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Property agents Savills to move out of Hardwick House in the city

PUBLISHED: 15:21 10 July 2018 | UPDATED: 16:03 10 July 2018

Hardwick House, Agricultural Hall Plain, Norwich, the current home of Savills. Pic: www.edp24.co.uk

Hardwick House, Agricultural Hall Plain, Norwich, the current home of Savills. Pic: www.edp24.co.uk

Hardwick House, one of the city’s most architecturally stunning buildings, is losing its main tenant after Savills announced today it is relocating to a new office a few streets away.

Inside Lawrence House, St Andrew's Hill, where Savills is relocating to. Pic: www.bidwells.co.ukInside Lawrence House, St Andrew's Hill, where Savills is relocating to. Pic: www.bidwells.co.uk

The property agents Savills, in the business of helping others move, announced today they are relocating - leaving the prestigious Hardwick House office in the city where they have operated for the past decade.

Savills will vacate the grand neo-classical stone building on Agricultural Hall Plain, at the top of Prince of Wales Road, considered one of the city’s most architecturally stunning landmarks, in September, moving into the much less grand but newly refurbished Lawrence House, 5, St Andrew’s Hill, just a few streets away.

The move leaves a question mark over what will happen to Hardwick House, which is for sale and earlier this year was under offer with an investor willing to pay close to its £1.6 million price tag.

Lawrence House, St Andrew's Hill, Norwich - where Savills are relocating to. Pic: www.bidwells.co.ukLawrence House, St Andrew's Hill, Norwich - where Savills are relocating to. Pic: www.bidwells.co.uk

However, it was confirmed today that this sale fell through after Savills, paying rent of £130,000 per annum, exercised a break clause, enabling it to vacate ahead of the end of its lease, which did not expire until 2023.

Will Jones, partner and head of commercial at Bidwells, the agents selling Hardwick House, said it was a question whether the office space would be relet or whether the building, which also includes a three bedroom penthouse and 23 long leasehold flats, would be sold with the vacant ground floor office space.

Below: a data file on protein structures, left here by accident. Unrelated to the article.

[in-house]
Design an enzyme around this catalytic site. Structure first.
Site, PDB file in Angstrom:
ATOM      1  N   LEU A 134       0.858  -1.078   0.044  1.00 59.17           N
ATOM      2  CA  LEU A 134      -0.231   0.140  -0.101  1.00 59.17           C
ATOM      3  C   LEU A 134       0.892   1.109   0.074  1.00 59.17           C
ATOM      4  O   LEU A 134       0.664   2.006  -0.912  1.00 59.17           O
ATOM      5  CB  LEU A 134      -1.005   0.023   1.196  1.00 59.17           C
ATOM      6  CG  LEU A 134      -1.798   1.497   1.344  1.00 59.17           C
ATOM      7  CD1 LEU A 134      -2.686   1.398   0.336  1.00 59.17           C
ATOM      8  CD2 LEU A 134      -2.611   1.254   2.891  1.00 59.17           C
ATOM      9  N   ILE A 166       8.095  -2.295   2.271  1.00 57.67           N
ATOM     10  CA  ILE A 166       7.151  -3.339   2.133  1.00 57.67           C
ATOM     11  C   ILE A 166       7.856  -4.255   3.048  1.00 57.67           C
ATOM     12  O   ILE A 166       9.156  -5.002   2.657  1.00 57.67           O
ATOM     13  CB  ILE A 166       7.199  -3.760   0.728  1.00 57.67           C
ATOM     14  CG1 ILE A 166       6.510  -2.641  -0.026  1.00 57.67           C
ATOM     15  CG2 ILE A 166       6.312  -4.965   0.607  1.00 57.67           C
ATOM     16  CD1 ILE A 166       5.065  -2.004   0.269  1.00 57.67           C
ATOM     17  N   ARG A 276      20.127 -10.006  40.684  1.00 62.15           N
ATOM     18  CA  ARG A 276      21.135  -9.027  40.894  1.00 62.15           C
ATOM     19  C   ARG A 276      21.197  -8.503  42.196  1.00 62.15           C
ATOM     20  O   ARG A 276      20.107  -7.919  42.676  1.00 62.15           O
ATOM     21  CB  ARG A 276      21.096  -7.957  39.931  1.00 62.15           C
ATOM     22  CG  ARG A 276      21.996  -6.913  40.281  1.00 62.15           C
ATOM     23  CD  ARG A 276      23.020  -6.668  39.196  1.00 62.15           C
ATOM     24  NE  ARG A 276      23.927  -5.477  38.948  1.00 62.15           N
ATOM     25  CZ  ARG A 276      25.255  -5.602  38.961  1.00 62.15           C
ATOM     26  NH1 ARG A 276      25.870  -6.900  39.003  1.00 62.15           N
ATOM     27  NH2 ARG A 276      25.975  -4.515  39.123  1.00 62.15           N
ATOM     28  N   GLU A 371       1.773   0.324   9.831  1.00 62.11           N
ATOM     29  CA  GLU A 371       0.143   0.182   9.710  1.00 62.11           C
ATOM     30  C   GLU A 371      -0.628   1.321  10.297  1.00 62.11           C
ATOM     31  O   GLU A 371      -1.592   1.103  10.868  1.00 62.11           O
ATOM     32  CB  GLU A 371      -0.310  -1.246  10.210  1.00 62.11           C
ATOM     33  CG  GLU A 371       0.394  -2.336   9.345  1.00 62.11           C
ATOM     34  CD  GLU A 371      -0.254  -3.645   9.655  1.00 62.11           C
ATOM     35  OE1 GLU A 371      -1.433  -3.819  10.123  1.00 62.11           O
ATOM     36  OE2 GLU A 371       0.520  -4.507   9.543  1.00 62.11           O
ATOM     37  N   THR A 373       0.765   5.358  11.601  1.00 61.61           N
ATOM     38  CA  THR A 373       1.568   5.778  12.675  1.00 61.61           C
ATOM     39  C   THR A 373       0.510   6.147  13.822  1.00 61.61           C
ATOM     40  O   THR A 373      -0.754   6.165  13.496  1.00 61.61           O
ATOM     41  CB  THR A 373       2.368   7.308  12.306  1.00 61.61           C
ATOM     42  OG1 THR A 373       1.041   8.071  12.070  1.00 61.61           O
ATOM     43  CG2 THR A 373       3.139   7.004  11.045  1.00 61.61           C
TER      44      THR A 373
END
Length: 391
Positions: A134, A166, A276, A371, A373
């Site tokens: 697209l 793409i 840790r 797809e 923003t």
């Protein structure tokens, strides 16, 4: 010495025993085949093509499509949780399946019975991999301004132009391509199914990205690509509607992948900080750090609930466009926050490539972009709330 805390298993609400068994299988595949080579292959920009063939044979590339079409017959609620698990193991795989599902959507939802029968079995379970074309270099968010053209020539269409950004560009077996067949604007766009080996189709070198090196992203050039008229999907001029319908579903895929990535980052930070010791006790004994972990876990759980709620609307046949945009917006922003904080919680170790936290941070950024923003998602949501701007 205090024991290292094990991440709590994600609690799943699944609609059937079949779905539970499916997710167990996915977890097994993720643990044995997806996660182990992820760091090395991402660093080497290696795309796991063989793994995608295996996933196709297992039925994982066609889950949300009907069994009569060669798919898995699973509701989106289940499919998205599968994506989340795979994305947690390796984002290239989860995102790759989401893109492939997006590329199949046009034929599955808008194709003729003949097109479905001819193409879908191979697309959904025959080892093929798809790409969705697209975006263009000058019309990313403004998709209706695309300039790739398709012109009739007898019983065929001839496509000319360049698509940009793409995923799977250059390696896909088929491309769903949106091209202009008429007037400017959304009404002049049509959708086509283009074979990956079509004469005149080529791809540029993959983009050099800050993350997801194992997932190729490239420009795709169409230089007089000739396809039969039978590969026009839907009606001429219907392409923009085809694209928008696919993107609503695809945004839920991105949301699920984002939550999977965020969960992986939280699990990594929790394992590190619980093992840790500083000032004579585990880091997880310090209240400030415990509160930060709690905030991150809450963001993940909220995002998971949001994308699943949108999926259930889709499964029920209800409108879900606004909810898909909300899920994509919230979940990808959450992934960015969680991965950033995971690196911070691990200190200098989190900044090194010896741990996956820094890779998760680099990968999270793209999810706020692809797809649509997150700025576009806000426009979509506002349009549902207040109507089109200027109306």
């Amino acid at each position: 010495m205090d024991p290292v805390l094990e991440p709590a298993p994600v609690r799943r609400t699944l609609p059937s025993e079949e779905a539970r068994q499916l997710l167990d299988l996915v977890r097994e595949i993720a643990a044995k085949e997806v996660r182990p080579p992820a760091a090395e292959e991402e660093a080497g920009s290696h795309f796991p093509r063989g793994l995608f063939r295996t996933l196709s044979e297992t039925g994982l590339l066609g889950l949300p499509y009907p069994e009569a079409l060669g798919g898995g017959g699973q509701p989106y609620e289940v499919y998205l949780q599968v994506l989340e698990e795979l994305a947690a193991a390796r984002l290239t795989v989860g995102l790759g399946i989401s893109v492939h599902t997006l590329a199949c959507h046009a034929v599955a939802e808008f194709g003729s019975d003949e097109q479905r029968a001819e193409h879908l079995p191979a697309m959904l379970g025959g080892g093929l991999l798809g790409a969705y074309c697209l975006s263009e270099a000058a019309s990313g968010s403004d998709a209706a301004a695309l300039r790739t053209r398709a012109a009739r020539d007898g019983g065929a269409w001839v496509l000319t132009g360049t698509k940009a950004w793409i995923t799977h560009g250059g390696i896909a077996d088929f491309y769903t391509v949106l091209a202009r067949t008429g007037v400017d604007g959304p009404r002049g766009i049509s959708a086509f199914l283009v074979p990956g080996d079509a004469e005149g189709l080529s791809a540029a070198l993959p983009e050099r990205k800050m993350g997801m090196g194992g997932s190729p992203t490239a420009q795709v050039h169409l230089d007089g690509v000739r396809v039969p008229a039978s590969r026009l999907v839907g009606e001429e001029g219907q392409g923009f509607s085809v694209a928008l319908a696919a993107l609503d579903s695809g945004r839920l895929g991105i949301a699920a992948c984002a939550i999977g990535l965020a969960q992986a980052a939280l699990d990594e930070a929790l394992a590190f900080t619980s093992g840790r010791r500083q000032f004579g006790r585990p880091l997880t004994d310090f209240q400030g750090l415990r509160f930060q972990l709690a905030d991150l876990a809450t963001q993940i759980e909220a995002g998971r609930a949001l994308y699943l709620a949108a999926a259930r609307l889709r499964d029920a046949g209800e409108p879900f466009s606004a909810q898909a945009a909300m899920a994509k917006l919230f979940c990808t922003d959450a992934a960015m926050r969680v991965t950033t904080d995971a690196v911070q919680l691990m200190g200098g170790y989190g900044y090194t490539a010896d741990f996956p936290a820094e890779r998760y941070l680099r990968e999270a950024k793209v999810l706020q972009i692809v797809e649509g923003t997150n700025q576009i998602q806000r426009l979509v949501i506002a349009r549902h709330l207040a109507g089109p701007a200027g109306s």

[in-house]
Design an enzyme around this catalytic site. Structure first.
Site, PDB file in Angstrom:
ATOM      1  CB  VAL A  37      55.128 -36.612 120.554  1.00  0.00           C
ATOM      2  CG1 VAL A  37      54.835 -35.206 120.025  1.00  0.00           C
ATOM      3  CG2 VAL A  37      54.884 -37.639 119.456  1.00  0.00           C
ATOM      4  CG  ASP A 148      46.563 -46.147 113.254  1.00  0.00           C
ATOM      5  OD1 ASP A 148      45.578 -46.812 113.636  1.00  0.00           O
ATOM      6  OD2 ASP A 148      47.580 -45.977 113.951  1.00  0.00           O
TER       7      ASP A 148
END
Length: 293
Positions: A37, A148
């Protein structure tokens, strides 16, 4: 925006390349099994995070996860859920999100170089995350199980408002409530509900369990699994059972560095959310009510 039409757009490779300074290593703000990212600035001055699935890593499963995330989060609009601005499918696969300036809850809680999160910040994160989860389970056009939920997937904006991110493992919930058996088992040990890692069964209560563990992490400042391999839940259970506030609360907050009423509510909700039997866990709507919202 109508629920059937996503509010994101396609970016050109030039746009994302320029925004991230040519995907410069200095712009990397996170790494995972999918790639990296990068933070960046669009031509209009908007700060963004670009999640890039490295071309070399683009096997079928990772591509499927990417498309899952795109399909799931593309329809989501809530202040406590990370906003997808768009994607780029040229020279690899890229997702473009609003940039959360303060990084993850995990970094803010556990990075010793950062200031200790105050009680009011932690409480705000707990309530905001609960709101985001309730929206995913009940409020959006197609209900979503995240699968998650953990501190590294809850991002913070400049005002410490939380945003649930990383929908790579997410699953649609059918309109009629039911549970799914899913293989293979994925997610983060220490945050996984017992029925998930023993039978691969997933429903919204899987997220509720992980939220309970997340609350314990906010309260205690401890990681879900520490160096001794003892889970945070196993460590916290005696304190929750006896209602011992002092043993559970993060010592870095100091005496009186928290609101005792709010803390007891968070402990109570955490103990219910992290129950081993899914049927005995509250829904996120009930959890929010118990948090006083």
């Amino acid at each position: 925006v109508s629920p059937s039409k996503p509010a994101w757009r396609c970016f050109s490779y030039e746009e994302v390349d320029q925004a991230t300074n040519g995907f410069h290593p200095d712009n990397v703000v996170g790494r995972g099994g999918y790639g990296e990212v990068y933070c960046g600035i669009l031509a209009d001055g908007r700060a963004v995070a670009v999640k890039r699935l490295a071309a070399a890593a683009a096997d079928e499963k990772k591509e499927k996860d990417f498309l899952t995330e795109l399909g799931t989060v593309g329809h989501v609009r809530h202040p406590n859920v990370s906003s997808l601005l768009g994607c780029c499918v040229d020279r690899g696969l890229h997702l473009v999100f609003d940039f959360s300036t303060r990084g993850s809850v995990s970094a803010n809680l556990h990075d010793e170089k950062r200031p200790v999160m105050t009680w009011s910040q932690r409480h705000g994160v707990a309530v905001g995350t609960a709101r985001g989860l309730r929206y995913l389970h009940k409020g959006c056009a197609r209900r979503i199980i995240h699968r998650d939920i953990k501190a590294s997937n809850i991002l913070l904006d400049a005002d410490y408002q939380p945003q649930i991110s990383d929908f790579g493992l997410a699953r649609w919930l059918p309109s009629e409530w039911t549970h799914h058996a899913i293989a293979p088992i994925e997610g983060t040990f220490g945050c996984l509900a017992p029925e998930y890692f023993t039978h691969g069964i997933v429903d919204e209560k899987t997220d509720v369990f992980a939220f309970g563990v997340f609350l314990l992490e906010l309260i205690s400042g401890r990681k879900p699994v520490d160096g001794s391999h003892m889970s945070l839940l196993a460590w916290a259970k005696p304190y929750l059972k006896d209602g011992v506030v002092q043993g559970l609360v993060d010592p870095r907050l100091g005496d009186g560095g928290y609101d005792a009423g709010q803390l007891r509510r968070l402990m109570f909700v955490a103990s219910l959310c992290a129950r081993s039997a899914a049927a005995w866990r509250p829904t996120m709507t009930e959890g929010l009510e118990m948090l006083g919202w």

He said: “There has been so many offices used for residential that there is a shortage in Norwich and so it may be that we can let it quickly and it may have an alternative use. When it was under offer, the Savills break clause was always looming so now, we may be able to let it on a longer lease and add some value.”

David Merrick, Savills. Pic: RMG Photography 
www.rmg-photography.co.ukDavid Merrick, Savills. Pic: RMG Photography www.rmg-photography.co.uk

The new office Savills is moving to boasts 6,713 sqft of space and is a brick fronted building, providing offices on several floors. It recently underwent an extensive refurbishment including an impressive entrance created with the help of an interior designer and larger windows, specially for Savills to display properties.

Savills’ head of office, David Merrick, said: “This change of location within the city centre gives us the modern, efficient and adaptable base we need to serve our clients and staff.

“Our spacious new office is in a prominent part of the city – ideally positioned for the traditional business and retail sector as well as Norwich’s lively arts and cultural scene. We are very much looking forward to this next chapter and the opportunities ahead.”

Hardwick House was designed by Philip Hardwick and it opened in January 1866 as Harvey and Hudson’s Crown Bank, later taken over by the Post Office which was there for almost a century. Savills has been operating in Norwich since 1950.

What would you like to see Hardwick House sold for?


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